The roots of Kieffer Market started in a large barn on the outskirts of Donnelsville, where Charles Kieffer owned and operated a wholesale meat business and slaughterhouse with his two sons Odwin and Orth. Charles was know around the area for being a master meat cutter and was often referred to as being “an artist with a knife.” Twice per week, Charles loaded a horse-drawn delivery wagon with meat and drove from Donnelsville to Springfield to sell his products throughout the city. In an article from the New Carlisle-Sun dated November 28, 1957, he reflected on one such trip to Springfield during the 1913 flood where he was forced to turn his wagon back around at Sugar Grove Hill and return home.
In 1918, Charles Kieffer opened up a store on the southeast corner of Washington and Main Street at 100 South Main Street in New Carlisle. The family rented the property until March 31, 1927, when Orth purchased the building from Otis Makley. Otis and his father Frank had operated a meat market at the location since the 1870s. In those days it was purely a meat market with sawdust floors and marble cutting tables.
The three Kieffers shared in the cutting duties until 1927 when Orth purchased his father’s and brother’s interest in the business. In that same year, Orth married Esther Tressler and moved his new bride to the apartments above the store. The Kieffer’s business soon became so successful that they were shipping hams to both coasts of the United States. In later years he added country sausage to his stock and shipped them across the nation. With the increase in demand for his sausage, Orth had a smokehouse built at the rear of his store to accommodate the increase in business. The formula used by the Kieffers for their sausage was never abandoned and was implemented until the store was sold in 1971.
In the 1937 the meat market was converted over to a grocery/meat market and had a full line of White Villa food products. In a 1938 Kieffer’s advertisement, they were selling a variety of grocery products, including baked beans for ten cents per can, a 12 pound bag of Snow Ball Flour for 40 cents, gumdrops for ten cents per pound, and home-grown cabbage (three pounds for ten cents).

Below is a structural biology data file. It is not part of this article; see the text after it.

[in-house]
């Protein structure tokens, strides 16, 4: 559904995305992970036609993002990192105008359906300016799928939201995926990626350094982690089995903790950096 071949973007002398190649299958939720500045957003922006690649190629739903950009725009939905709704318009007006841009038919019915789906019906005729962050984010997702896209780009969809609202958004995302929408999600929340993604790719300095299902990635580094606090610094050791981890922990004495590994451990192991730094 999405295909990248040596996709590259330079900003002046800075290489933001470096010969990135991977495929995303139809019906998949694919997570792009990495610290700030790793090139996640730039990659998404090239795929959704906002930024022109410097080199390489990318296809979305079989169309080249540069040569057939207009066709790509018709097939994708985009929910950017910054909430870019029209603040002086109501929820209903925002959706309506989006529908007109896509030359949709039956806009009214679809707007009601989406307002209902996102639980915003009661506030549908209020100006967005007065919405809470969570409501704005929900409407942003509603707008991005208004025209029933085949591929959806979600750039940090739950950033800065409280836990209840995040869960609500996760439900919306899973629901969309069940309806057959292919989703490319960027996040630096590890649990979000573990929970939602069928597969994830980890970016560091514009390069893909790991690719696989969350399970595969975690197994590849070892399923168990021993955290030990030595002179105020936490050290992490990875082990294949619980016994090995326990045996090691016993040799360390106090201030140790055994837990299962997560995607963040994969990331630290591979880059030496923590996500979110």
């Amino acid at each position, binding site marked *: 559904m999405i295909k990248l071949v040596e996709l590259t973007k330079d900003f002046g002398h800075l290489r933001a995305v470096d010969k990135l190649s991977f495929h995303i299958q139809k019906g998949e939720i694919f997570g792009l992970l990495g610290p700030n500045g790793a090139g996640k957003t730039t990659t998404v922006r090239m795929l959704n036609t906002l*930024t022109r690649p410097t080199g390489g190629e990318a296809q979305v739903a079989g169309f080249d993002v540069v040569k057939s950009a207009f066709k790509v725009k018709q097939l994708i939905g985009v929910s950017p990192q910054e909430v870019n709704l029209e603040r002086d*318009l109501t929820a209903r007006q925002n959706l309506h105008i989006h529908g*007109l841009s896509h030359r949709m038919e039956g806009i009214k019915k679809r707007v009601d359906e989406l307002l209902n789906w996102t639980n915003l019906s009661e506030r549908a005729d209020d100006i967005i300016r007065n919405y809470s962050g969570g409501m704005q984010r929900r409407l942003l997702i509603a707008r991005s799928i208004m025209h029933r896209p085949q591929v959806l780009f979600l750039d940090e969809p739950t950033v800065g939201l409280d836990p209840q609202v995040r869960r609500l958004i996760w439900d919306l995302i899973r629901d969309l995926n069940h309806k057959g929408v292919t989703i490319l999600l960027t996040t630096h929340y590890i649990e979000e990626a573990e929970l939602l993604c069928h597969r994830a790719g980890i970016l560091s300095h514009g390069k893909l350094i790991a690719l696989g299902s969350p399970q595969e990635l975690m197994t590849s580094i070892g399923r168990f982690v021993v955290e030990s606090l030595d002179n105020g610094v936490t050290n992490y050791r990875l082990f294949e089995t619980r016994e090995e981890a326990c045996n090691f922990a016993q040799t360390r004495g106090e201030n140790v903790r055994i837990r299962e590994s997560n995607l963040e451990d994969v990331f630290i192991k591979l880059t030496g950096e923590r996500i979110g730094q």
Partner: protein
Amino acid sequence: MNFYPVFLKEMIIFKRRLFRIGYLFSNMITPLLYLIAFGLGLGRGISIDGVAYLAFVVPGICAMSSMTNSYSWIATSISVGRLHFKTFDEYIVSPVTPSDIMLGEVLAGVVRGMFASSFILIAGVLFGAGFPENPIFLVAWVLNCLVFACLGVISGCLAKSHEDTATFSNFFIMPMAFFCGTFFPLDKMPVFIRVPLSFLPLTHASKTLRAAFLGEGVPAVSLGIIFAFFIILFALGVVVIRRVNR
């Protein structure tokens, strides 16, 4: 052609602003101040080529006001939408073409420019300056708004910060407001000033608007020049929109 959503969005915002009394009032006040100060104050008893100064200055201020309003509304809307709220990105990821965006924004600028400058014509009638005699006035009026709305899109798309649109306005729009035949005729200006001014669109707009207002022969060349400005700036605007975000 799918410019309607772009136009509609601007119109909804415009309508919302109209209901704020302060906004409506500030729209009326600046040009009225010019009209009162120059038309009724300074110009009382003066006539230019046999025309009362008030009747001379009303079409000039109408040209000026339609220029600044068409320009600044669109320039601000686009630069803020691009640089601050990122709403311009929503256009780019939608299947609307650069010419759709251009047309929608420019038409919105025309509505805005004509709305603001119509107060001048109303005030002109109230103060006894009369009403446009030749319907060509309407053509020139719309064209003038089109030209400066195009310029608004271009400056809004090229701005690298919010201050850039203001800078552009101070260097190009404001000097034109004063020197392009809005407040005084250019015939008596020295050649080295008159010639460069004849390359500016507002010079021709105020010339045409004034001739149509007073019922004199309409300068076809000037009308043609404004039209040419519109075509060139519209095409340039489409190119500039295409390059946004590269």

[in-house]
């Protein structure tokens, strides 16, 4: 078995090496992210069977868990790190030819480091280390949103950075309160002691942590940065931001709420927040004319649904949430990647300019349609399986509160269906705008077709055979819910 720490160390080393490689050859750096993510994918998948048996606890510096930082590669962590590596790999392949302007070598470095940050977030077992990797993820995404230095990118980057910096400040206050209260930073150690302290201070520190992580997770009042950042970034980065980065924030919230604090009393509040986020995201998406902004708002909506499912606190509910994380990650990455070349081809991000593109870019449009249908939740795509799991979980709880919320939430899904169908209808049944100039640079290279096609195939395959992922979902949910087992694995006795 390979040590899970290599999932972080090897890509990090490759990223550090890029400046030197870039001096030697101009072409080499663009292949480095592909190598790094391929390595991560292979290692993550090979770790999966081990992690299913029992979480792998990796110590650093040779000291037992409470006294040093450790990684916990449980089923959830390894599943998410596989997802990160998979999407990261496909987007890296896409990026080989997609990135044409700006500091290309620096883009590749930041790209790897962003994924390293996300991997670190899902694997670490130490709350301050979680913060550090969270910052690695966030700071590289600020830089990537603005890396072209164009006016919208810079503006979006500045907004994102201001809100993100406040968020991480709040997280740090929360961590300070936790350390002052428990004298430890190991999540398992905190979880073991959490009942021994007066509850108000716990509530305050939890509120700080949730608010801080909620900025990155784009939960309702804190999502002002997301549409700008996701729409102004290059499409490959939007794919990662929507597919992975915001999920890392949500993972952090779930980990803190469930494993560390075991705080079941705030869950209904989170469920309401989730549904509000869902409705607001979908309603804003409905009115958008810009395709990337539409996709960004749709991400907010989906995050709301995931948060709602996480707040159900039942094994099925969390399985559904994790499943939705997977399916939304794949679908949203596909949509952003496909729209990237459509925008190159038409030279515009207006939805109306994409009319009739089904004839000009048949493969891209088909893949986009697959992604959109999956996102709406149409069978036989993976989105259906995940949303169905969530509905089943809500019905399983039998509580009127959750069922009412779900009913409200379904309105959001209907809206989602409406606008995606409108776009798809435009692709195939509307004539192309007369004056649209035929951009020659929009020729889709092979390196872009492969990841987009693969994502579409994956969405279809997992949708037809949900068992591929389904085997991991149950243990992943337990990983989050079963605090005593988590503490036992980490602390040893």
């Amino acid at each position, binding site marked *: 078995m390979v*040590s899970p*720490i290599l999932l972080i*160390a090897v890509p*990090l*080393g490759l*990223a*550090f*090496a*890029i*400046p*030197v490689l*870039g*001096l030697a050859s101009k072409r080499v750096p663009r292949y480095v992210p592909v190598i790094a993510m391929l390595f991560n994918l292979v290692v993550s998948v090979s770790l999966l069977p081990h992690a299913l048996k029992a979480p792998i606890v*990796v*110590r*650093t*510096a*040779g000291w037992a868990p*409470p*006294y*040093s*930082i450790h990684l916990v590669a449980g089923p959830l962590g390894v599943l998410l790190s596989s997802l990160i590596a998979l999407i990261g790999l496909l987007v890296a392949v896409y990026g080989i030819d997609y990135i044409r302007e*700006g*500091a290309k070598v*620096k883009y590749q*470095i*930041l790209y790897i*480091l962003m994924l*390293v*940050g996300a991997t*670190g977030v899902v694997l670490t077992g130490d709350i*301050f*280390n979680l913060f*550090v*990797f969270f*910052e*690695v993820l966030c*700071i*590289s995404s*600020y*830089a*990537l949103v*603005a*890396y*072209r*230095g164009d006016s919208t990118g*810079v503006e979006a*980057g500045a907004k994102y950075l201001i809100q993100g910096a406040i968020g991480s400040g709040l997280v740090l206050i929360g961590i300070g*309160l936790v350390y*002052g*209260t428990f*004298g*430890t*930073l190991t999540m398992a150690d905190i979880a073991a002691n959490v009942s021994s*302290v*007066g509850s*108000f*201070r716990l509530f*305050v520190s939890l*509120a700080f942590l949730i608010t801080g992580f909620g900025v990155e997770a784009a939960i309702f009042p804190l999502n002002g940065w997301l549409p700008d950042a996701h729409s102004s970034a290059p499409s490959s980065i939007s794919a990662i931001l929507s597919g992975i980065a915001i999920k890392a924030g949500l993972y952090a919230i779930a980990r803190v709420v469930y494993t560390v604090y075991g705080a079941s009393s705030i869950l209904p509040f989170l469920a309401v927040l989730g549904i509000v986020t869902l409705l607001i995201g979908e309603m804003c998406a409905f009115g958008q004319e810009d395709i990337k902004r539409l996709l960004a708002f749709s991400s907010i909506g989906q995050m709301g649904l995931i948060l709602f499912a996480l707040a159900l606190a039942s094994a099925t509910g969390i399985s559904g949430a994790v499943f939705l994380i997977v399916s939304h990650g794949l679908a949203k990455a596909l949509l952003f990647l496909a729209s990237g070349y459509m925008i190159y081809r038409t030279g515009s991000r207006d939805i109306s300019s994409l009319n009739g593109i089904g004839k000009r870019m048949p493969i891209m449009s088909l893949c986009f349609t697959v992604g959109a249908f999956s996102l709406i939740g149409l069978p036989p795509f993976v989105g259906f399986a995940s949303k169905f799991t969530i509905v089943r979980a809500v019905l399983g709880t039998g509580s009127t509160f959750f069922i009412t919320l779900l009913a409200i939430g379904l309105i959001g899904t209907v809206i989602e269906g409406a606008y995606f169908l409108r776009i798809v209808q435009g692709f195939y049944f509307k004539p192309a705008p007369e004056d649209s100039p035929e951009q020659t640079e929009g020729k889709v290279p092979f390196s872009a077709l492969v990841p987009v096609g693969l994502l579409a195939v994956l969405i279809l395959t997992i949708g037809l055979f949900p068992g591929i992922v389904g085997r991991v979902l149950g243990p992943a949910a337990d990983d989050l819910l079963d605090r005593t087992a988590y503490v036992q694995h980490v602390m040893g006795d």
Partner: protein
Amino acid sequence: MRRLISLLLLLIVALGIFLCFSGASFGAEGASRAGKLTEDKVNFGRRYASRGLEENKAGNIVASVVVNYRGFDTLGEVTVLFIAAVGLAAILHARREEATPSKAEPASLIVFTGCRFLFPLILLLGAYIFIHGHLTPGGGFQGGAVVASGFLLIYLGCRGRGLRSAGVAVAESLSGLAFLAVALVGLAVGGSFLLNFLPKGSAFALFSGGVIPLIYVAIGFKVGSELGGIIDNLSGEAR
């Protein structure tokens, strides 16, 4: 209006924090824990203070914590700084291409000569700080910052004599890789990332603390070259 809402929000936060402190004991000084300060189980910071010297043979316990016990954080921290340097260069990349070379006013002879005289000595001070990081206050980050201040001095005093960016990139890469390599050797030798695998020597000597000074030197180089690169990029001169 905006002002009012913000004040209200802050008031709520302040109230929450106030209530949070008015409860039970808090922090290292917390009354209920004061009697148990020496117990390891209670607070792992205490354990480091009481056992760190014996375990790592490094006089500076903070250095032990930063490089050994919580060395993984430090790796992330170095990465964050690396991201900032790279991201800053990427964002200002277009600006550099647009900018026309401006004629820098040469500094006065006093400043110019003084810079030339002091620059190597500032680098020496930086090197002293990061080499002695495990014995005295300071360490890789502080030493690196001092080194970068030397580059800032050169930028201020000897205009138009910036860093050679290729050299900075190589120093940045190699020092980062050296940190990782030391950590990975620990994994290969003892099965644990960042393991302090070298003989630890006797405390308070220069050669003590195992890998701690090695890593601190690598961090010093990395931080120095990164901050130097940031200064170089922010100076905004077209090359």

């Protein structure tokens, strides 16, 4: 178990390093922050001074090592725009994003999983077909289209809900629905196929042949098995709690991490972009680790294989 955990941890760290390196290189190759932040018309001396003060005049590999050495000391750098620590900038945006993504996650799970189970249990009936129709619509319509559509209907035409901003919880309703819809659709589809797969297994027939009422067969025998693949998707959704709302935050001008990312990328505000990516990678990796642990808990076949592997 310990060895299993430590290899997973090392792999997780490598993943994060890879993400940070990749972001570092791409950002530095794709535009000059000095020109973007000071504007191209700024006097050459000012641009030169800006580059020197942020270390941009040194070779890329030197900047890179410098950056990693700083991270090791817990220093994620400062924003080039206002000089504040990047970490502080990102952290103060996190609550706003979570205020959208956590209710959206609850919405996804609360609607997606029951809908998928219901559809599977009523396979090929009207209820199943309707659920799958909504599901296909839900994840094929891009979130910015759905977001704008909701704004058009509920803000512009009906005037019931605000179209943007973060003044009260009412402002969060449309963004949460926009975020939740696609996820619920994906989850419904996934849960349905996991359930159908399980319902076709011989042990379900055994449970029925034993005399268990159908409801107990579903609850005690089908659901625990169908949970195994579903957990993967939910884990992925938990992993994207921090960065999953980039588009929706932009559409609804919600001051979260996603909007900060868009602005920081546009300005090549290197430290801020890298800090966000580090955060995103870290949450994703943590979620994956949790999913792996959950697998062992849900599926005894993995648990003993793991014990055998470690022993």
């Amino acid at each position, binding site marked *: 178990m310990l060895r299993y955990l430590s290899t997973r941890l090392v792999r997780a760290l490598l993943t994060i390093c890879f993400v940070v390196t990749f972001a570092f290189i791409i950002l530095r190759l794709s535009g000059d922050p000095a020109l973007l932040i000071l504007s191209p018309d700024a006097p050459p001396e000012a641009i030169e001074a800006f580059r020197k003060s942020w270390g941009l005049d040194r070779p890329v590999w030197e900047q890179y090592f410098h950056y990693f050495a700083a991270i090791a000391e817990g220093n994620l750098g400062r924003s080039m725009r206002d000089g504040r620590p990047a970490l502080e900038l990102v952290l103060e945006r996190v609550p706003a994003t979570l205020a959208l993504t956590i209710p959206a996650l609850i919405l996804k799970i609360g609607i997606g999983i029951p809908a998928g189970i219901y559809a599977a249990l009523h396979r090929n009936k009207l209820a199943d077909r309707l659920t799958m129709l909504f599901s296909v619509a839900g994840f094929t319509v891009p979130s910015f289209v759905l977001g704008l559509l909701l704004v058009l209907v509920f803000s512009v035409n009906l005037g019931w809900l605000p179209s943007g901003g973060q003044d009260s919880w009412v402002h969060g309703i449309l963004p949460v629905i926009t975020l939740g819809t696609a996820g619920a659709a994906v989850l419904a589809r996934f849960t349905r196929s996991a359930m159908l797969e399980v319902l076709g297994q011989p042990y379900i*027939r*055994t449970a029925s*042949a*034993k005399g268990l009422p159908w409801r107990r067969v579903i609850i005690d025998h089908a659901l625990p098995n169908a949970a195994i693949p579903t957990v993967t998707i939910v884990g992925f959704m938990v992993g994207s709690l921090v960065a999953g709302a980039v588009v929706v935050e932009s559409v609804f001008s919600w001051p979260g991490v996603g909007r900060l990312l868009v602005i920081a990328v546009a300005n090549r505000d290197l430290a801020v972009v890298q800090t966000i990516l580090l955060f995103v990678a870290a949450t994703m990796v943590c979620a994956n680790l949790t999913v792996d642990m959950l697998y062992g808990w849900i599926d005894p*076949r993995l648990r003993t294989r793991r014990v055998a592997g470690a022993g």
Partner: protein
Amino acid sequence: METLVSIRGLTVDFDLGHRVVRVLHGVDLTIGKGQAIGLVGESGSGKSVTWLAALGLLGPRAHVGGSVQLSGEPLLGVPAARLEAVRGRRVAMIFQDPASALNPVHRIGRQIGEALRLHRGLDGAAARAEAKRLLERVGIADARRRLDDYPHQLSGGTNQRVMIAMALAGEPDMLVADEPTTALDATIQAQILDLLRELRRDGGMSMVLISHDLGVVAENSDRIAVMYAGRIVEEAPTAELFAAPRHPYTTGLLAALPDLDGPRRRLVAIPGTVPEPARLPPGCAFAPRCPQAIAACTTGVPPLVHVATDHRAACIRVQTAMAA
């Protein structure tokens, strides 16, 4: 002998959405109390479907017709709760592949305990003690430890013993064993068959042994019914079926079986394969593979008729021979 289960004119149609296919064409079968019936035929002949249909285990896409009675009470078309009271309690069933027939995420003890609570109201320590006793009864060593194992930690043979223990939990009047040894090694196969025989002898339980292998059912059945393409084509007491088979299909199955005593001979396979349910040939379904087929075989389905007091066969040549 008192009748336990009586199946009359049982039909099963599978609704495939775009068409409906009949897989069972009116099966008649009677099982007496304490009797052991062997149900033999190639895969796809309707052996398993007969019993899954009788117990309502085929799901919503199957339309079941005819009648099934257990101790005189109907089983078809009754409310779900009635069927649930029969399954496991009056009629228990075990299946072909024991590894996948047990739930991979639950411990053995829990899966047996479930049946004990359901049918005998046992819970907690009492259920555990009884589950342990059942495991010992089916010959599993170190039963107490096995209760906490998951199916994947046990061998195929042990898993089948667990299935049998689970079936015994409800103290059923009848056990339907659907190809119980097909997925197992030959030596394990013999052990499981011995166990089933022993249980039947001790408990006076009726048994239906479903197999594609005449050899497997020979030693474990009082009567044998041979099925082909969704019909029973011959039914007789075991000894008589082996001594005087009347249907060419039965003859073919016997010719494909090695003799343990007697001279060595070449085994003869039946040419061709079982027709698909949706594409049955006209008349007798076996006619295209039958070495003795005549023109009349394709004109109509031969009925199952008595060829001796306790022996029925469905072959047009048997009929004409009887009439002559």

Orth Kieffer was not only a successful store owner, but also an active citizen in the town. He served five years as mayor of New Carlisle between October 16, 1944 and January 3, 1950. Mr. Kieffer was instrumental in getting proper lighting along Main Street with better lamps. He served for 25 years on the New Carlisle Fire Department and was active member of the New Carlisle Masonic Lodge 100. In a recent interview with Orth’s daughter (Dottie “ Kieffer” Flora), she remembered when the fire calls would come into the store. Orth or Odwin would run across the street to the municipal building and ring the fire bell in the belfry to alert the volunteers that there was a fire, while the other brother would tend to the store.
Another story she reflected on was the time when she complained to her mom that she was only making 40 cents per hour, while the other baggers were making ten cents more. Her mom told her to speak to her father about it. Later that night, she told her father that it was not fair that she worked just as hard as the boys, but was making ten cents less an hour. The next day she received a ten cent raise and struck a blow for women’s rights. Her fondest memory of her father was how kind of gentlemen he was and that he was constantly looking out for people. For example, on weekends he would give away food to families that were struggling to put enough on the table and would not allow anyone in town go hungry.
The front of the store was renovated in 1960 with sun-proof glass and aluminum. In 1962, the store was elected membership in the PDQ, White Villa’s deluxe dealer’s organization and new fixtures were installed in the store to increase store space. On Saturday April 3, 1971, Orth ended his career of over 50 years of cutting meat and sold the business to Harry J. Book, who renamed the store New Carlisle Superette and later that year would rename the store Book’s Superette. A few years later it would be sold again and renamed Pat’s White Villa and finally Pat’s IGA.
Orth continued to be active after his retirement from the grocery business. He was a member of the New Carlisle First Presbyterian Church. He also had a passion for model trains with tracks that span his entire basement. Orth passed away on February 1, 1976. He is buried in Springfield at Ferncliff Cemetery.